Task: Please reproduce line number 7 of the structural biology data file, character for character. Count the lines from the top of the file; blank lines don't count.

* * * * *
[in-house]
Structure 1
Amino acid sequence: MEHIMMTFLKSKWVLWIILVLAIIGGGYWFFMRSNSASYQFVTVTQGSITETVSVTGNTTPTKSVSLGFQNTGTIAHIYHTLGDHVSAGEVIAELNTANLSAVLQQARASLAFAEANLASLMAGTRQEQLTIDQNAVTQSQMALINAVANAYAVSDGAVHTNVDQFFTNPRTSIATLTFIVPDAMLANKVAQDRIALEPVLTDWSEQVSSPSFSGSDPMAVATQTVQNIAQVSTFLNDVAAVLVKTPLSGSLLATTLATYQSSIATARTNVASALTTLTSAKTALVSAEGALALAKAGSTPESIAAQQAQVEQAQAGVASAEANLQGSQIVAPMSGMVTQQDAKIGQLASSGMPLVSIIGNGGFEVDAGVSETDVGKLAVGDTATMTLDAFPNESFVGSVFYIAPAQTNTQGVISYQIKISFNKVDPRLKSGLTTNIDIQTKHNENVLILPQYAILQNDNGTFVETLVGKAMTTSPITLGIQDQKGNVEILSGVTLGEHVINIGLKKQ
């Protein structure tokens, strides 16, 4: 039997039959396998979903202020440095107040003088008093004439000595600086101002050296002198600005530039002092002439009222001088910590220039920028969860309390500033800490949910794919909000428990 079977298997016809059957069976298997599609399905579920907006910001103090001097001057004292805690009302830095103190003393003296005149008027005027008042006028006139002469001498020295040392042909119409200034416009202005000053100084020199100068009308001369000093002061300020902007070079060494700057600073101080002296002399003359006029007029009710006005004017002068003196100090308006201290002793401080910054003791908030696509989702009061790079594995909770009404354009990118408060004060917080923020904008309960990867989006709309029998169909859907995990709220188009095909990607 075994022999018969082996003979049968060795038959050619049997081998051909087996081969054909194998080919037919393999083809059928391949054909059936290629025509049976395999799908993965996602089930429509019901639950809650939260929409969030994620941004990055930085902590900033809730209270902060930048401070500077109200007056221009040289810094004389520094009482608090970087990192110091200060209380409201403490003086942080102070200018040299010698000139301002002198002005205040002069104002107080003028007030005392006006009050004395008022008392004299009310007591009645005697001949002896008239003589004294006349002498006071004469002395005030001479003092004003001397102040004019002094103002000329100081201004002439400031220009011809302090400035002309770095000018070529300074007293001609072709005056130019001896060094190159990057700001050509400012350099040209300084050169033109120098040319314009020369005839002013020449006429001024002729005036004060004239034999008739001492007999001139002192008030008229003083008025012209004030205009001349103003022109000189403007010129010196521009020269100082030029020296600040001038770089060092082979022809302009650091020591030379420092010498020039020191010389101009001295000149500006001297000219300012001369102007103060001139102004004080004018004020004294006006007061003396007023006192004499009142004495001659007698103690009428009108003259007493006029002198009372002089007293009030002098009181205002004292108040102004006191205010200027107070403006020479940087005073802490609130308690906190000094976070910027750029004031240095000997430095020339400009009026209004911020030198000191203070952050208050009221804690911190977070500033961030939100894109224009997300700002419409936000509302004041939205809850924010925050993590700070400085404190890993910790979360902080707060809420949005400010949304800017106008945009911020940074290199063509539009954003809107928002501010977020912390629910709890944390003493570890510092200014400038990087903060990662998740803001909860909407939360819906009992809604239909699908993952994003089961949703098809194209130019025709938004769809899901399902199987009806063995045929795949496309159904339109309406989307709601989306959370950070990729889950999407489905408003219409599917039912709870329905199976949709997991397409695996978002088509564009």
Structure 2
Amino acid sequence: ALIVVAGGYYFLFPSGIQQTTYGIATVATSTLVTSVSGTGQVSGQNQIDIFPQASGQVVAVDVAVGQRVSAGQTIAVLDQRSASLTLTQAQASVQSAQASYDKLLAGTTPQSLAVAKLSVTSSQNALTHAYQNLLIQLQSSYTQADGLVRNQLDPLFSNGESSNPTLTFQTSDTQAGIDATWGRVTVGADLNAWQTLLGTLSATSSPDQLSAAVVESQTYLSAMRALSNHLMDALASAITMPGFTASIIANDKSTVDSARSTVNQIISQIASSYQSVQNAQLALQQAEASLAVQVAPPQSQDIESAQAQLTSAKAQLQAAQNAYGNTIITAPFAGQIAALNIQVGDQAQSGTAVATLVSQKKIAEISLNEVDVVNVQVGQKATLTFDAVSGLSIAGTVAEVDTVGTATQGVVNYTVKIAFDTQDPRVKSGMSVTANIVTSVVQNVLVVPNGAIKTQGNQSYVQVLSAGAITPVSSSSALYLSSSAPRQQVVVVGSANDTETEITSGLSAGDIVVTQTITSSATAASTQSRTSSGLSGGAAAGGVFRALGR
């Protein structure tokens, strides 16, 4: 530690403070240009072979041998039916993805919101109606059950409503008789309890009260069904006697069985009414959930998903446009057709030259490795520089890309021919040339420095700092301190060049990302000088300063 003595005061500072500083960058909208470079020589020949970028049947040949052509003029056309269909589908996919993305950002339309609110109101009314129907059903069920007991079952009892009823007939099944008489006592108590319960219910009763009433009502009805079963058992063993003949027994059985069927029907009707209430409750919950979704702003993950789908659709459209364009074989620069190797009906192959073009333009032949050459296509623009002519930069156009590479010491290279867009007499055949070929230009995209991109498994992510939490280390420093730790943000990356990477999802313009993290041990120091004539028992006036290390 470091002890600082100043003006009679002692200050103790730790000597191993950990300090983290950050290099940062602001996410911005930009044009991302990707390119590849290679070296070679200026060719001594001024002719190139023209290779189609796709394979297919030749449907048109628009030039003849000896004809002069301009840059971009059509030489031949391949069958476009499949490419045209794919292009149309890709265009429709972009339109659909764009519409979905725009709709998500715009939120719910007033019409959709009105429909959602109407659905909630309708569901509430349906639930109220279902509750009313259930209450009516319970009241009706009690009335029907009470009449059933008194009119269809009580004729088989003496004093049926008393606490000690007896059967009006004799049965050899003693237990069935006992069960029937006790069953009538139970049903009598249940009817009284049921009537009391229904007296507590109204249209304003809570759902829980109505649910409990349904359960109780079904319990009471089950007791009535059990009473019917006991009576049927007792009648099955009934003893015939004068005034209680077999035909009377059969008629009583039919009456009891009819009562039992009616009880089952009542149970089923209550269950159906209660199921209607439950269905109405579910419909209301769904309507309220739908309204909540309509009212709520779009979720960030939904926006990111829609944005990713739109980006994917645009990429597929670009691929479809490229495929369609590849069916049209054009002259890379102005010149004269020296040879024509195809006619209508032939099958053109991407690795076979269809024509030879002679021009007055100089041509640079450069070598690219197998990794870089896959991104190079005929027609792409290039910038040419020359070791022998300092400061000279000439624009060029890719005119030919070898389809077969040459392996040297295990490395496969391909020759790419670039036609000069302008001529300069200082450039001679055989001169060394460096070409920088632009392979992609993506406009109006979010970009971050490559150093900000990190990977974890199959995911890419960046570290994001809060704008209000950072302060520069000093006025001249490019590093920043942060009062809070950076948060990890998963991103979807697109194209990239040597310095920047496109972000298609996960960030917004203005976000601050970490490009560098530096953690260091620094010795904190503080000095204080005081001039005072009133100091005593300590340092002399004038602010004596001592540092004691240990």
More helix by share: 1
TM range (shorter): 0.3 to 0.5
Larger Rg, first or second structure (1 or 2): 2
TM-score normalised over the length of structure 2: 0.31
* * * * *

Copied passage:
């Protein structure tokens, strides 16, 4: 530690403070240009072979041998039916993805919101109606059950409503008789309890009260069904006697069985009414959930998903446009057709030259490795520089890309021919040339420095700092301190060049990302000088300063 003595005061500072500083960058909208470079020589020949970028049947040949052509003029056309269909589908996919993305950002339309609110109101009314129907059903069920007991079952009892009823007939099944008489006592108590319960219910009763009433009502009805079963058992063993003949027994059985069927029907009707209430409750919950979704702003993950789908659709459209364009074989620069190797009906192959073009333009032949050459296509623009002519930069156009590479010491290279867009007499055949070929230009995209991109498994992510939490280390420093730790943000990356990477999802313009993290041990120091004539028992006036290390 470091002890600082100043003006009679002692200050103790730790000597191993950990300090983290950050290099940062602001996410911005930009044009991302990707390119590849290679070296070679200026060719001594001024002719190139023209290779189609796709394979297919030749449907048109628009030039003849000896004809002069301009840059971009059509030489031949391949069958476009499949490419045209794919292009149309890709265009429709972009339109659909764009519409979905725009709709998500715009939120719910007033019409959709009105429909959602109407659905909630309708569901509430349906639930109220279902509750009313259930209450009516319970009241009706009690009335029907009470009449059933008194009119269809009580004729088989003496004093049926008393606490000690007896059967009006004799049965050899003693237990069935006992069960029937006790069953009538139970049903009598249940009817009284049921009537009391229904007296507590109204249209304003809570759902829980109505649910409990349904359960109780079904319990009471089950007791009535059990009473019917006991009576049927007792009648099955009934003893015939004068005034209680077999035909009377059969008629009583039919009456009891009819009562039992009616009880089952009542149970089923209550269950159906209660199921209607439950269905109405579910419909209301769904309507309220739908309204909540309509009212709520779009979720960030939904926006990111829609944005990713739109980006994917645009990429597929670009691929479809490229495929369609590849069916049209054009002259890379102005010149004269020296040879024509195809006619209508032939099958053109991407690795076979269809024509030879002679021009007055100089041509640079450069070598690219197998990794870089896959991104190079005929027609792409290039910038040419020359070791022998300092400061000279000439624009060029890719005119030919070898389809077969040459392996040297295990490395496969391909020759790419670039036609000069302008001529300069200082450039001679055989001169060394460096070409920088632009392979992609993506406009109006979010970009971050490559150093900000990190990977974890199959995911890419960046570290994001809060704008209000950072302060520069000093006025001249490019590093920043942060009062809070950076948060990890998963991103979807697109194209990239040597310095920047496109972000298609996960960030917004203005976000601050970490490009560098530096953690260091620094010795904190503080000095204080005081001039005072009133100091005593300590340092002399004038602010004596001592540092004691240990």